Many couples come to me feeling deflated by the messiness of their blended family situation. But once they learn how to manage their expectations, not take things so personally, and let go of what they can’t control, they begin to see that there is profound hope. 

I grew up in a blended family myself, so I understand the complexities of the issues firsthand. In all matters, I consider the children to be the most important factor. Even though they are not present in counseling, I believe that your marriage has the best chance of thriving when you do what’s best for your children. Together, we will work on setting appropriate boundaries and expectations for the relationships between step-parents and step-children, allowing harmony and understanding to enter your home.

What To Expect In Couples Counseling Sessions

First, I will meet with you and your partner in separate one-on-one sessions to get a feel for your individual concerns and establish rapport with each of you. Then we’ll all meet together to talk about the main issues and continue doing so for the remainder of therapy. 

In our sessions, I will help both of you learn to let go of unhelpful expectations for your family. When you’re in a blended family, you have to think differently than you would in an intact family. For example, you might find yourself going out of your way to try and get your spouse’s kids to like you, but this isn’t always the best goal. As the step parent, sometimes you have to accept that your step children will probably feel more loyal to their parents than to you. So instead of trying to shower them with love and warmth, sometimes it’s best to simply work on being cordial and respectful.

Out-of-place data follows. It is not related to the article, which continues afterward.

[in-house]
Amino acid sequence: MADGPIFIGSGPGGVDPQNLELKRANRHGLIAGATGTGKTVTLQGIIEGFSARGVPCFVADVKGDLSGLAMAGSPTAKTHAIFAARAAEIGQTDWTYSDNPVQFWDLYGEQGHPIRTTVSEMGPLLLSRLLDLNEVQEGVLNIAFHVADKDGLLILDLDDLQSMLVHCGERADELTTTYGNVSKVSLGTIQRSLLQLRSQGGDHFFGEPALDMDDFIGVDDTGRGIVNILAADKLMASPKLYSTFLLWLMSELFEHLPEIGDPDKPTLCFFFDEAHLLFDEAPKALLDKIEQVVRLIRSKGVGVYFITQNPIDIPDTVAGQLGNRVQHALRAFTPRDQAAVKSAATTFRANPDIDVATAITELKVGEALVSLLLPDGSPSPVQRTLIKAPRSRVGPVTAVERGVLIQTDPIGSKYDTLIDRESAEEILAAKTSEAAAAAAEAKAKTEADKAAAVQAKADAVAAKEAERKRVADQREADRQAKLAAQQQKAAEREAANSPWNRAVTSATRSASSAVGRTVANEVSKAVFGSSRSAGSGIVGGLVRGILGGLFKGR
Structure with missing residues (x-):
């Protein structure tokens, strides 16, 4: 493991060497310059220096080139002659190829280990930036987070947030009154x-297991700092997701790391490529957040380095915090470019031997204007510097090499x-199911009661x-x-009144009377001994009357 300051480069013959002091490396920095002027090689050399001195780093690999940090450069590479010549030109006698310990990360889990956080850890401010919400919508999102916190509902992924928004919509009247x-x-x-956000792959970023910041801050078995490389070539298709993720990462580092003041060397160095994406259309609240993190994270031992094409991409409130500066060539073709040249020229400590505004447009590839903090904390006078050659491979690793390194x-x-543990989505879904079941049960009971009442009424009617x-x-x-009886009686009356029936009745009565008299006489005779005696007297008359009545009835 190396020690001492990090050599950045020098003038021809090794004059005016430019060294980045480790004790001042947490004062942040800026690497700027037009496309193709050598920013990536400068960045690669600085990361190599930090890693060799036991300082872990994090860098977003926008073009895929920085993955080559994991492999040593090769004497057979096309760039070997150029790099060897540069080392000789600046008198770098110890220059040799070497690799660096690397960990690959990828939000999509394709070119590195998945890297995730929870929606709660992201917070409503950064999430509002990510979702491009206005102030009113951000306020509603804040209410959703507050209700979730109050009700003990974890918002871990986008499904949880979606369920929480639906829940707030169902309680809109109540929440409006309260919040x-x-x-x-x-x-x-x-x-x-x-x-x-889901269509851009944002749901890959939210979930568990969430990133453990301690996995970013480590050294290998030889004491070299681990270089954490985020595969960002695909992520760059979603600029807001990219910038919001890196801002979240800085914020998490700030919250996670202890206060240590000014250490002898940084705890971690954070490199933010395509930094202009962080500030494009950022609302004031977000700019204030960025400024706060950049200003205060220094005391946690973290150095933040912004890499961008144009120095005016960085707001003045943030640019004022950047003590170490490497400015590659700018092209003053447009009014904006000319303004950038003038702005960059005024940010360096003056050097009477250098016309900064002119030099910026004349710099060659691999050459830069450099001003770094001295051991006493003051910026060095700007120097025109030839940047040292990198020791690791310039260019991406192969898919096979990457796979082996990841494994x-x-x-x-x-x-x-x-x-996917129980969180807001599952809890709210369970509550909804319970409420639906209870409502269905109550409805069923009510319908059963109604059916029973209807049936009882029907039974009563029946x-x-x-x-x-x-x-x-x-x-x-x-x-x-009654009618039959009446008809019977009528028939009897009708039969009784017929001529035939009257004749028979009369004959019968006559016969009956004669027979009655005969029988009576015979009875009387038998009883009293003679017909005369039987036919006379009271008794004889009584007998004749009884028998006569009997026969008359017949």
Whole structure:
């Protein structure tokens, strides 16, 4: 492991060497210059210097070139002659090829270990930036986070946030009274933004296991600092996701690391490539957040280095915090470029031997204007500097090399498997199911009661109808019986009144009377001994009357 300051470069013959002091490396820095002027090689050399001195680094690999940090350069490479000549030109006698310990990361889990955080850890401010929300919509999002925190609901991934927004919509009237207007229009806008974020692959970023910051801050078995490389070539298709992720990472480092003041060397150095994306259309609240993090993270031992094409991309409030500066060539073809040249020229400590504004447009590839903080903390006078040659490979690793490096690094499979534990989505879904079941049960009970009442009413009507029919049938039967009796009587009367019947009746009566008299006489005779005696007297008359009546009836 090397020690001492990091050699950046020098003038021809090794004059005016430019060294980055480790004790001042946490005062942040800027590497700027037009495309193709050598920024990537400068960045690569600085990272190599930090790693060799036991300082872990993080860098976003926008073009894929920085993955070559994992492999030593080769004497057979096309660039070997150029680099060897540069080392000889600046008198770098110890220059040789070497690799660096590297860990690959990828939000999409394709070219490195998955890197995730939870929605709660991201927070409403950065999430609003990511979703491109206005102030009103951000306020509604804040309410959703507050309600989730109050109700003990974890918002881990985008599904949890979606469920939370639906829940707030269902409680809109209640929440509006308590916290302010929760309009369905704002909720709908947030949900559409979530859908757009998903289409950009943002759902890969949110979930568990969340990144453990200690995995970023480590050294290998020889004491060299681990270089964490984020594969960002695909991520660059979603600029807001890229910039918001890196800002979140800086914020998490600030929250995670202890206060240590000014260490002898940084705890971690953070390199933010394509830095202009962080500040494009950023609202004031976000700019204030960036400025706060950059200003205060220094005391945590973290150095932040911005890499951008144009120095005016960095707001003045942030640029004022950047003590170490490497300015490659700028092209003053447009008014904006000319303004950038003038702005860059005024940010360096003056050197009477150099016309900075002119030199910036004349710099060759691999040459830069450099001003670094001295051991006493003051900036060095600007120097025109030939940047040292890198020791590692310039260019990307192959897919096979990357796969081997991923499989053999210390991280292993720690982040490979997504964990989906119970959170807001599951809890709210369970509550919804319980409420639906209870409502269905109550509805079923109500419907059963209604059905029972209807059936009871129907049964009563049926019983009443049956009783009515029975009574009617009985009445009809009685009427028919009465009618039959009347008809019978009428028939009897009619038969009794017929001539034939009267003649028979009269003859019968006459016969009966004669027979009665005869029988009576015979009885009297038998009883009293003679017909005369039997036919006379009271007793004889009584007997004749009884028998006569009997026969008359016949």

To that end, I often focus on boundary-setting between different family members. If step parents and step children don’t feel comfortable sharing certain things with each other, that’s okay. As long as there is respect, you and your step family can live together peacefully. 

I will also give you and your partner communication skills for de-escalating conflict, reducing defensive behavior, and working through disagreements with ex-spouses. My hope is that this process can help you navigate the messiness of blended family situations and arrive at a place of deeper acceptance. Your blended family doesn’t have to be perfect, and once you accept this, I’m confident that everything else will fall into place.

You May Have Some Questions About Couples Therapy…

Do both of us need to be present for this to work?

Having both of you in sessions is pretty essential. Since there are so many nuanced and interconnected dynamics in a blended family, couples counseling is most effective when the two of you are present. But if your partner is resistant to coming, it’s always possible to pursue individual counseling to work on your side of the relationship. Over time, if your partner sees improvement and growth in you, they may be motivated to try couples therapy themselves.

How long will couples therapy take?

It all depends on the complexity of the issues. I’ve had people come in for one problem (e.g., “My partner texts with their ex too much”) and wrap up counseling in a few weeks or months. Other clients have come in for more involved issues and taken longer to complete the healing process. There is no magic timetable for therapy, since every couple is different and every blended family has its own unique dynamics.

How long will couples therapy take?

It all depends on the complexity of the issues. I’ve had people come in for one problem (e.g., “My partner texts with their ex too much”) and wrap up counseling in a few weeks or months. Other clients have come in for more involved issues and taken longer to complete the healing process. There is no magic timetable for therapy, since every couple is different and every blended family has its own unique dynamics.

Set Your New Marriage Up For Success

If you want to improve your relationship with your partner and your step family, I encourage you to pursue therapy with me. To get started, you can use the contact form, or call or text at 301-744-9299.

* https://www.forbes.com/advisor/legal/divorce/divorce-statistics/